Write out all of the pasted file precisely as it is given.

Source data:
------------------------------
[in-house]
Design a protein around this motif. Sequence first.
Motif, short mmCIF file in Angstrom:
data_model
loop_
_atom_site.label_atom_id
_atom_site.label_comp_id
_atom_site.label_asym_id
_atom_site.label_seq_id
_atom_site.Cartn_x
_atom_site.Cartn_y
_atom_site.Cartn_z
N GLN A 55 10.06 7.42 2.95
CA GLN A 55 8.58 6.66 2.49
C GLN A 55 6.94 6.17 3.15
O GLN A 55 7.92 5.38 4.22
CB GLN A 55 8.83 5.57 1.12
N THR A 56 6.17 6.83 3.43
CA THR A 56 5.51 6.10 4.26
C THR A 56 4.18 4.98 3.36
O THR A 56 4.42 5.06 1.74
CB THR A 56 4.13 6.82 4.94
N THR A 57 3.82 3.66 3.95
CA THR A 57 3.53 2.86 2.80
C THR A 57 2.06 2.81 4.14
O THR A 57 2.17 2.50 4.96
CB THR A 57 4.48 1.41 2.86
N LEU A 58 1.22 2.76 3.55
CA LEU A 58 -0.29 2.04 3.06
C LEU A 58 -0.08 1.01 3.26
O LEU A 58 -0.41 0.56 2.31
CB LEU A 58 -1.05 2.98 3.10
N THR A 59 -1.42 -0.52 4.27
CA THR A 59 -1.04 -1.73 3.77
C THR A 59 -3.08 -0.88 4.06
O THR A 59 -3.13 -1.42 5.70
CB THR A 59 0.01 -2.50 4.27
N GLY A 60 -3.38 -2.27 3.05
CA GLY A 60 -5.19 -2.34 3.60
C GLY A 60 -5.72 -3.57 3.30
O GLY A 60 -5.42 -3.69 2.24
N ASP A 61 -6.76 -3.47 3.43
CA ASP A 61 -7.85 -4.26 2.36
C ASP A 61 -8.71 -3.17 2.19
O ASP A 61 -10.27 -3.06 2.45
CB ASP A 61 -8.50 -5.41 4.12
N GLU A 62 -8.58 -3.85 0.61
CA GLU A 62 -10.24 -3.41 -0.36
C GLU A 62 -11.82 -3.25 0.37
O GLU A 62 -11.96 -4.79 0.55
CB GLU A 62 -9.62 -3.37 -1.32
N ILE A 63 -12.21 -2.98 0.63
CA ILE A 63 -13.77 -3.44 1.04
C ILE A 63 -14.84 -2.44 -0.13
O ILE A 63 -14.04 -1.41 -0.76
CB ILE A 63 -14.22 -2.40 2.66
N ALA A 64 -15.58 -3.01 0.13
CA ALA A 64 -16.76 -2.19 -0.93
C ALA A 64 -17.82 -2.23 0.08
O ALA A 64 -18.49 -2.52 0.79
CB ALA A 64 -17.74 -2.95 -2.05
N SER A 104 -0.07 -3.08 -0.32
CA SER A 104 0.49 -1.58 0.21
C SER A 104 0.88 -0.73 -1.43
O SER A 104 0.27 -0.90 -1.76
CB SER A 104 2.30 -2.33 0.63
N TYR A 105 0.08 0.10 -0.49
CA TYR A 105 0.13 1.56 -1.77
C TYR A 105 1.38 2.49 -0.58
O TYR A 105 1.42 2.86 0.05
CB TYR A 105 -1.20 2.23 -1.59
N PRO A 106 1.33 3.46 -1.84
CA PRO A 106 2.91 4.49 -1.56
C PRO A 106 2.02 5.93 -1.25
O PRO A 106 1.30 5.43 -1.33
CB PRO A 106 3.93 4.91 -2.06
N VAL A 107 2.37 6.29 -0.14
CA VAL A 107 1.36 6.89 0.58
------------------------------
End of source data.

[in-house]
Design a protein around this motif. Sequence first.
Motif, short mmCIF file in Angstrom:
data_model
loop_
_atom_site.label_atom_id
_atom_site.label_comp_id
_atom_site.label_asym_id
_atom_site.label_seq_id
_atom_site.Cartn_x
_atom_site.Cartn_y
_atom_site.Cartn_z
N GLN A 55 10.06 7.42 2.95
CA GLN A 55 8.58 6.66 2.49
C GLN A 55 6.94 6.17 3.15
O GLN A 55 7.92 5.38 4.22
CB GLN A 55 8.83 5.57 1.12
N THR A 56 6.17 6.83 3.43
CA THR A 56 5.51 6.10 4.26
C THR A 56 4.18 4.98 3.36
O THR A 56 4.42 5.06 1.74
CB THR A 56 4.13 6.82 4.94
N THR A 57 3.82 3.66 3.95
CA THR A 57 3.53 2.86 2.80
C THR A 57 2.06 2.81 4.14
O THR A 57 2.17 2.50 4.96
CB THR A 57 4.48 1.41 2.86
N LEU A 58 1.22 2.76 3.55
CA LEU A 58 -0.29 2.04 3.06
C LEU A 58 -0.08 1.01 3.26
O LEU A 58 -0.41 0.56 2.31
CB LEU A 58 -1.05 2.98 3.10
N THR A 59 -1.42 -0.52 4.27
CA THR A 59 -1.04 -1.73 3.77
C THR A 59 -3.08 -0.88 4.06
O THR A 59 -3.13 -1.42 5.70
CB THR A 59 0.01 -2.50 4.27
N GLY A 60 -3.38 -2.27 3.05
CA GLY A 60 -5.19 -2.34 3.60
C GLY A 60 -5.72 -3.57 3.30
O GLY A 60 -5.42 -3.69 2.24
N ASP A 61 -6.76 -3.47 3.43
CA ASP A 61 -7.85 -4.26 2.36
C ASP A 61 -8.71 -3.17 2.19
O ASP A 61 -10.27 -3.06 2.45
CB ASP A 61 -8.50 -5.41 4.12
N GLU A 62 -8.58 -3.85 0.61
CA GLU A 62 -10.24 -3.41 -0.36
C GLU A 62 -11.82 -3.25 0.37
O GLU A 62 -11.96 -4.79 0.55
CB GLU A 62 -9.62 -3.37 -1.32
N ILE A 63 -12.21 -2.98 0.63
CA ILE A 63 -13.77 -3.44 1.04
C ILE A 63 -14.84 -2.44 -0.13
O ILE A 63 -14.04 -1.41 -0.76
CB ILE A 63 -14.22 -2.40 2.66
N ALA A 64 -15.58 -3.01 0.13
CA ALA A 64 -16.76 -2.19 -0.93
C ALA A 64 -17.82 -2.23 0.08
O ALA A 64 -18.49 -2.52 0.79
CB ALA A 64 -17.74 -2.95 -2.05
N SER A 104 -0.07 -3.08 -0.32
CA SER A 104 0.49 -1.58 0.21
C SER A 104 0.88 -0.73 -1.43
O SER A 104 0.27 -0.90 -1.76
CB SER A 104 2.30 -2.33 0.63
N TYR A 105 0.08 0.10 -0.49
CA TYR A 105 0.13 1.56 -1.77
C TYR A 105 1.38 2.49 -0.58
O TYR A 105 1.42 2.86 0.05
CB TYR A 105 -1.20 2.23 -1.59
N PRO A 106 1.33 3.46 -1.84
CA PRO A 106 2.91 4.49 -1.56
C PRO A 106 2.02 5.93 -1.25
O PRO A 106 1.30 5.43 -1.33
CB PRO A 106 3.93 4.91 -2.06
N VAL A 107 2.37 6.29 -0.14
CA VAL A 107 1.36 6.89 0.58